The Prime Minister of Lebanon, Saad Hariri, resigned last month, parliamentary consultations have been postponed again, and President Michel Aoun and the rest of the political class are unwanted by the people on the streets. The protesters have asserted once and again their will to remain in their demonstrations and sit-ins until their demands are achieved.
The country is spiraling into the unknown with every new sunrise and everyone is asking the usual question… What’s next?
Really, what is the next step here? The revolutionaries want the entire Lebanese political system reformed, but the inhabitants of this system don’t seem to be going away anytime soon. Is there no way to force those who remain atop their thrones to step down and yield to the loud calls and the rising fists?
But there is a way to further press them to give the people their right to take back control of their country, and it doesn’t contradict the so-far peaceful methodology of the revolution. This idea has a proper name, and a catchy one at that: “A Shadow Cabinet.”
And no, it has nothing to do with ghosts or the supernatural. Read on to understand what a shadow cabinet is and how it can be a way for the revolution to get closer to realizing its main goals.
Here’s a general definition of a shadow cabinet (or shadow ministry), which has also been recently referred to as revolutionary cabinet/government in Lebanon’s case:
A shadow cabinet is a group of politicians who hold a political post with their party, but whose party is not officially in government (that is, an opposition party). A member of the shadow cabinet is a shadow minister. The leader of a shadow cabinet is called the Leader of the Opposition.
Politicians? Party? Leader? Before you bombard me with criticism, hear me out. Although a generic shadow cabinet, like the ones active in the UK or Canada, is almost perfectly described by the above piece, the version discussed in this article is not a generic one.
Instead, this is a slightly tweaked version of the shadow cabinet. To avoid confusion, I will refer to the intended version with the convenient name: “Revolutionary Cabinet.”
What’s different between a regular shadow cabinet and the not-yet-in-action revolutionary cabinet is three main parts: The politicians, the party, and the leader.
This idea is similar to the shadow youth cabinet that was first proposed by the late Gebran Tueini before his assassination, which was decreed by the Lebanese Council of Ministers in 2006 and of which two were formed between 2007 and 2008. It consists primarily of university students and people of competence and expertise.
The revolutionary ministry will not have a leader or president and will be the mouthpiece of the movement through which proper negotiations can take place with the official authority with all its parties.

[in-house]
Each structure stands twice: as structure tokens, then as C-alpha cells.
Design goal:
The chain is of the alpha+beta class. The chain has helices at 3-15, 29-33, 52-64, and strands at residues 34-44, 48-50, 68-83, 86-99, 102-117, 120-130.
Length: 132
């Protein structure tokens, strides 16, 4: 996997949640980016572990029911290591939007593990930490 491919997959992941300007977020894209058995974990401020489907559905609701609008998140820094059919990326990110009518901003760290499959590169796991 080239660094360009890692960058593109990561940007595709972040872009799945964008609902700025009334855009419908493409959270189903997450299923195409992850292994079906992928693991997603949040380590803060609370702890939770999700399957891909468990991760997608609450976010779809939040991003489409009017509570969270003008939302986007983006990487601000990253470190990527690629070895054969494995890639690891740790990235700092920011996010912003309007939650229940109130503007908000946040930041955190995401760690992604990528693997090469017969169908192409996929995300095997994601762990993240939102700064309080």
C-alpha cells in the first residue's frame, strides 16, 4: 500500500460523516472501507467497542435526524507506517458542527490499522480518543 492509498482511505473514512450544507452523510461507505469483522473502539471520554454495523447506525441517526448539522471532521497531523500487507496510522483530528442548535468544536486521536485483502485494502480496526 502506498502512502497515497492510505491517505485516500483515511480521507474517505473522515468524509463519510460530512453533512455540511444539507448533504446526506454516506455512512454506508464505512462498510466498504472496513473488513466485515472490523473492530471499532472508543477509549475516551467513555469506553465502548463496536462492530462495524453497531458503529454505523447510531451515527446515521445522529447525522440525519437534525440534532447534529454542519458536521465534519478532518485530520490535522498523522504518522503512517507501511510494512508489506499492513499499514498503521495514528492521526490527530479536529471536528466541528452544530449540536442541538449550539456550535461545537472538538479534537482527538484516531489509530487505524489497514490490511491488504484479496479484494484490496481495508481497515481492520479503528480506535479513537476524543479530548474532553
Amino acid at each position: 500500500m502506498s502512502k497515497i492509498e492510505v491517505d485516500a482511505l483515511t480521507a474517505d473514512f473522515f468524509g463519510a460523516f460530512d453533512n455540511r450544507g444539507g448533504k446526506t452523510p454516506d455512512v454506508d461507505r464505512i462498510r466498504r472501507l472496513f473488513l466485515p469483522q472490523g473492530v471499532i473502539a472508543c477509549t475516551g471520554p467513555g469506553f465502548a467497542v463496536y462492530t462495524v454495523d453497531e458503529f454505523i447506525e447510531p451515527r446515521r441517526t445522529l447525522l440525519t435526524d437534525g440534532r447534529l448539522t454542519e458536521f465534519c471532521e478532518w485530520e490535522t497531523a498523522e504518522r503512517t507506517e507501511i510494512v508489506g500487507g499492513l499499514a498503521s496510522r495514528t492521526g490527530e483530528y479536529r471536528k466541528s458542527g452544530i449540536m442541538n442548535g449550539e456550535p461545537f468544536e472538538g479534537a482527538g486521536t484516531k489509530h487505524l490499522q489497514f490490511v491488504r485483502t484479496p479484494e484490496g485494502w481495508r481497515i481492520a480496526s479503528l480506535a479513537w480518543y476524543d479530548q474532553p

Needless to say, such a cabinet would not be an officially recognized part of the government or authority but would serve as an opposition to the latter, publicly scrutinizing and criticizing its work while proposing competent, enhancive ideas for the public to judge.
Then how exactly would it help?
Having a revolutionary government would place immense pressure on politicians active in the Lebanese political scene because its goal is to present itself to the people as the better choice for the country to be considered in future elections.
The pressure may also have another powerful effect on the current government; a strong critic that speaks its language and exposes any attempts of manipulating or hiding facts from the people, thus possibly forcing the government to work with honesty. If realized, such a scenario would, in turn, reap sensible reformation.
Therefore, the lack of constitutional power does not mean that the revolutionary cabinet has no power at all, but that it holds the effective power of the watchful, judging eye that can have an effect on anyone; even the sturdiest of politicians.
A source close to the Kuwaiti Al-Anbaa newspaper revealed last week that Lebanese revolutionaries were considering the formation of a revolutionary government to manage the affairs of the popular uprising.
That is in case President Michel Aoun does not initiate binding parliamentary consultations within one week; a period that has already expired.
Whether or not we will see such a government on the Lebanese stage soon can only be known with time.
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